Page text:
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Attu
Native name: Atan
Attu sat.jpg
Attu Island
Geography
AKMap-doton-AttuStation.PNG
Coordinates 52°54′8.92″N 172°54′33.84″E / 52.9024778°N 172.9094°E / 52.9024778; 172.9094Coordinates: 52°54′8.92″N 172°54′33.84″E / 52.9024778°N 172.9094°E / 52.9024778; 172.9094
Archipelago Near Islands group of the Aleutian Islands
Area 344.7 sq mi (893 km2)
Length 35 mi (56 km)
Width 20 mi (32 km)
Highest point Attu Mountain (2,946 ft (898 m))
Country
United States
State  Alaska
Census Area Aleutians West Census Area
Largest city Attu Station (pop. 20)
Demographics
Population 20 (as of 2000)
Density 0.022 /km2 (0.057 /sq mi)

Attu (Atan[1] in Aleut) is the westernmost and largest island in the Near Islands group of the Aleutian Islands of Alaska, making it the westernmost point of land relative to Alaska and the United States. It was the site of the only World War II land battle on United States soil (the Battle of Attu), and its battlefield area is a U.S. National Historic Landmark.

Attu Station, the only inhabited area on the island, is actually located at 52°51' north latitude, 173°11' east longitude, making it by one definition one of the westernmost points of Alaska (and the United States). Attu is nearly seven degrees west of the 180° longitude line. (Hence by another definition, a second Aleutian Island, Semisopochnoi Island at 179°46'E is the "easternmost" location in the United States and North America, since it sits only 14 minutes westwards of the 180° line.)

Attu is nearly 1,100 miles (960 nmi; 1,800 km) from the Alaskan mainland and 750 miles (650 nmi; 1,210 km) northeast of the northernmost of the Kurile Islands of Russia, and it is 4,800 miles (4,200 nmi; 7,700 km) from the capital city, Washington DC. Attu is about 20 by 35 miles (32 by 56 km) in size with a land area of 344.7 square miles (893 km2), making it #23 on the list of largest islands in the United States. The population as of the 2000 census was 20 people, all at the Attu Station.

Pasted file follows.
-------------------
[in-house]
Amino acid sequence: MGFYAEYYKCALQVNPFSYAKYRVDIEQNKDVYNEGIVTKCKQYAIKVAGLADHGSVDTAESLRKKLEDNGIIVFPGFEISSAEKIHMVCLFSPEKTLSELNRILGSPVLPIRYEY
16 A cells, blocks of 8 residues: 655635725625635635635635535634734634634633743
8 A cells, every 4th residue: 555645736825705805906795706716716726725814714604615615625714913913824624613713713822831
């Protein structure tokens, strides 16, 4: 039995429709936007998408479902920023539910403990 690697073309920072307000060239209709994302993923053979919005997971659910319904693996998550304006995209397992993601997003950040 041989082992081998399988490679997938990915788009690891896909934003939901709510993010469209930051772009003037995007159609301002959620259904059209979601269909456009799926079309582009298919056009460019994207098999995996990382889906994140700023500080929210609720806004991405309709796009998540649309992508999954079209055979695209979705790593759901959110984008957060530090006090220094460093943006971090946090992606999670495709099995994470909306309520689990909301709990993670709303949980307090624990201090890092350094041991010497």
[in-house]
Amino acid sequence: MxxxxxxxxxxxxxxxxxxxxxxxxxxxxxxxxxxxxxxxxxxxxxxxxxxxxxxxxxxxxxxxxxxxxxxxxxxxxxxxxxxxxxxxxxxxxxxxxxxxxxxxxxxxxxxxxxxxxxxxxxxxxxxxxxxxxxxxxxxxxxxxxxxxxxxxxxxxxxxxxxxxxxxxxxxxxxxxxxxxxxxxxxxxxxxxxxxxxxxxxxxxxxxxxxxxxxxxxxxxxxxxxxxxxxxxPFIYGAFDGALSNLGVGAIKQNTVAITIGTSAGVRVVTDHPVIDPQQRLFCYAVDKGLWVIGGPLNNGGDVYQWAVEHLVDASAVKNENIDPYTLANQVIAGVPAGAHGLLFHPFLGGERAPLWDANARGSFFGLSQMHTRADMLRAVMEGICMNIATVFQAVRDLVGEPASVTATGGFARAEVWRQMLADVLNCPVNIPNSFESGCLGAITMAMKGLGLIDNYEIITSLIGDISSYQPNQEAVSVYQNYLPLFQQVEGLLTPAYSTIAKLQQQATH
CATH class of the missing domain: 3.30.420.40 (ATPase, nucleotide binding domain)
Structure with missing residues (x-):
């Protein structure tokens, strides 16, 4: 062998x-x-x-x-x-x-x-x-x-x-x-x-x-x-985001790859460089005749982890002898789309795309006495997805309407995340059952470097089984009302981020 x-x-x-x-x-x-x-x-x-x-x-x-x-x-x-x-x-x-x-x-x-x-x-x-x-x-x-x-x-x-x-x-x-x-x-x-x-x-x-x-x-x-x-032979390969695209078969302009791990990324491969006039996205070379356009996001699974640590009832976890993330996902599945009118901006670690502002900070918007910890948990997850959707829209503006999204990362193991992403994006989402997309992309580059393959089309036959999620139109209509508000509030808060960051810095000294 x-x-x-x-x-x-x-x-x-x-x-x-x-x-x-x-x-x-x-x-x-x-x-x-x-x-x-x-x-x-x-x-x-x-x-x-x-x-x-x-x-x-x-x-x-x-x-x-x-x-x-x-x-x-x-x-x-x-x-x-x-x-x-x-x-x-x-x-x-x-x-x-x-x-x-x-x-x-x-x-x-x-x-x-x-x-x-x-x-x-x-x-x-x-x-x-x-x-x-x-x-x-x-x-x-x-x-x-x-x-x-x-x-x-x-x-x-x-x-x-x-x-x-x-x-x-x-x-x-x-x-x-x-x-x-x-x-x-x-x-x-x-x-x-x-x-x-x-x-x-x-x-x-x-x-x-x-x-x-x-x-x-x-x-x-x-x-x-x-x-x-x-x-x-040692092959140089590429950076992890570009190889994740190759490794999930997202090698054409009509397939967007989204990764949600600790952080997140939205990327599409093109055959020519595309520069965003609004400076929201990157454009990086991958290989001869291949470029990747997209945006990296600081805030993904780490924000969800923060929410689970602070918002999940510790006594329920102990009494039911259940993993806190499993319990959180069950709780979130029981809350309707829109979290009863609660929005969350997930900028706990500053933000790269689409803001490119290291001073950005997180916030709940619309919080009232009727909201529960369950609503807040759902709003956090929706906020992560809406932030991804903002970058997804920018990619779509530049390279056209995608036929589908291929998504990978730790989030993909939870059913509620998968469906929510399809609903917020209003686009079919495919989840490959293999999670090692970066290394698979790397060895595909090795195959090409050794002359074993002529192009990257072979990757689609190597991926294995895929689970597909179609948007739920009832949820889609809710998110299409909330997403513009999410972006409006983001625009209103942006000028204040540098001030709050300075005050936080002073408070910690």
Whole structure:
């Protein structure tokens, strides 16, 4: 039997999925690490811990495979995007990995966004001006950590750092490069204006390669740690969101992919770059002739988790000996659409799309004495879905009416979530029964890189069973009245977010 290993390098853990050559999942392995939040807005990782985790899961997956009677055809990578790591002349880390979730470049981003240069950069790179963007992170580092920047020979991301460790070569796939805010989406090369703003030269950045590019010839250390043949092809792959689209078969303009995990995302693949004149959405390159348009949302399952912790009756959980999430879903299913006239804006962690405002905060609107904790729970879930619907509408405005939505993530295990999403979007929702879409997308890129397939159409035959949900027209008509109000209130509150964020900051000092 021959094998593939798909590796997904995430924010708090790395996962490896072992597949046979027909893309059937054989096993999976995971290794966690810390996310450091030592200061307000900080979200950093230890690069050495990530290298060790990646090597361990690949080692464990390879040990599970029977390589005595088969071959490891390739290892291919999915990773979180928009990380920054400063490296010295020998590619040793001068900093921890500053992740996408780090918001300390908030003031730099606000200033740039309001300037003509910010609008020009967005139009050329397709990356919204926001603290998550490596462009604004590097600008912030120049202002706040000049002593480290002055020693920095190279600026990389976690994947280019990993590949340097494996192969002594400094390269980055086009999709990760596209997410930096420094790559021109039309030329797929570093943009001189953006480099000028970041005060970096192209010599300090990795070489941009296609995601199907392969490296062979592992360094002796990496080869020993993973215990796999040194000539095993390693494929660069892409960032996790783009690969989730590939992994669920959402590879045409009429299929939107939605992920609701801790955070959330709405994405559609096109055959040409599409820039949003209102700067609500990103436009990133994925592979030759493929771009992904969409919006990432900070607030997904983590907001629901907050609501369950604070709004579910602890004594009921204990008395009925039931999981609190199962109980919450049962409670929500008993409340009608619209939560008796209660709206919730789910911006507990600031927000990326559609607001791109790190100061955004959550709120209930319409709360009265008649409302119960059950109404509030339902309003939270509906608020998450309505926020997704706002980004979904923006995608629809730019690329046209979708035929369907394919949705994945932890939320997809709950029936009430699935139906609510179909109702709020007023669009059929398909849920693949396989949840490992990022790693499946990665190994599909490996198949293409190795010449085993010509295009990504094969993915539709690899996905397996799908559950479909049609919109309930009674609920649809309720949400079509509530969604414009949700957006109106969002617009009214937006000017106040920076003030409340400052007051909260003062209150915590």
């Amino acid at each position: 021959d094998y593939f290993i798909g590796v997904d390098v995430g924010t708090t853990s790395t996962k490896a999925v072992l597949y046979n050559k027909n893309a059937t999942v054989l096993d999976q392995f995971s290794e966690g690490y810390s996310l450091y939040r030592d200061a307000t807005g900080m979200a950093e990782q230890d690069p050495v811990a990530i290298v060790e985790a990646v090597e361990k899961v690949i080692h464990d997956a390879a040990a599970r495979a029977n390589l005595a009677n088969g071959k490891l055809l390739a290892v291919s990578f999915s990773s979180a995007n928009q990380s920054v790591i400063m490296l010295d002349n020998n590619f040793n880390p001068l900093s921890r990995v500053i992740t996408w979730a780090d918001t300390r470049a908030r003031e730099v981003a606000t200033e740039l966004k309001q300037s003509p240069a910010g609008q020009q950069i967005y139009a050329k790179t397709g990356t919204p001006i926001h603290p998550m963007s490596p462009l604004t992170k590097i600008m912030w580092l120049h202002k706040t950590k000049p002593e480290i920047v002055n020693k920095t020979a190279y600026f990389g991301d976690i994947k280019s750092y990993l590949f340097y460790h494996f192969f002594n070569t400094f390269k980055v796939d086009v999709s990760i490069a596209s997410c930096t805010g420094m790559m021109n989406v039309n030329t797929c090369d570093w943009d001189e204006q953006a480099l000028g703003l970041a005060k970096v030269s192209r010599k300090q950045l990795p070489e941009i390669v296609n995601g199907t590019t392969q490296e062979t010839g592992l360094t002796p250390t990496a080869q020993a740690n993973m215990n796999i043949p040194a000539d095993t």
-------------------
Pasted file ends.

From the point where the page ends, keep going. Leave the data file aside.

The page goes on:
As of 1982, the only significant trees on the island were those planted by American soldiers at a chapel constructed after the 1943 battle with the Japanese was over.[2]

Contents

History

The name Attu is a transliteration of the Aleut name of the island. It was called Saint Theodore by the explorer Aleksei Chirikov in 1742.

World War II

Attu Battlefield and U.S. Army and Navy Airfields on Attu
U.S. National Register of Historic Places
U.S. National Historic Landmark
Built/Founded: 1942
Governing body: FISH AND WILDLIFE SERVICE
Added to NRHP: February 4, 1985[3]
Designated NHL: February 4, 1985[4]
NRHP Reference#: 85002729

The Aleuts were the primary inhabitants of the island prior to World War II. But, on June 7, 1942, six months after the USA joined the war, the 301st Independent Infantry Battalion of the Japanese Northern Army landed on the island, without opposition, one day after landing on nearby Kiska. Earlier, in response to Japanese aggression in the Pacific, American territorial authorities conducted a mandatory evacuation of about 880 Aleuts from villages elsewhere in the Aleutian Islands. These people were interned in civilian camps in the Alaska Panhandle, where about 75 of them died of various infectious diseases over the two years.

However, Attu Village had not yet been evacuated when the Japanese attacked. At the time, Attu’s population consisted of 45 native Aleuts and two other Americans, Charles Foster Jones, 60, a schoolteacher, and his wife Etta, both originally from Marion, Ohio.[5] The village consisted of several houses around Chichagof Harbor. The 42 Attu inhabitants who survived the Japanese invasion were taken to a prison camp near Otaru, Hokkaidō. Sixteen of them died while they were imprisoned.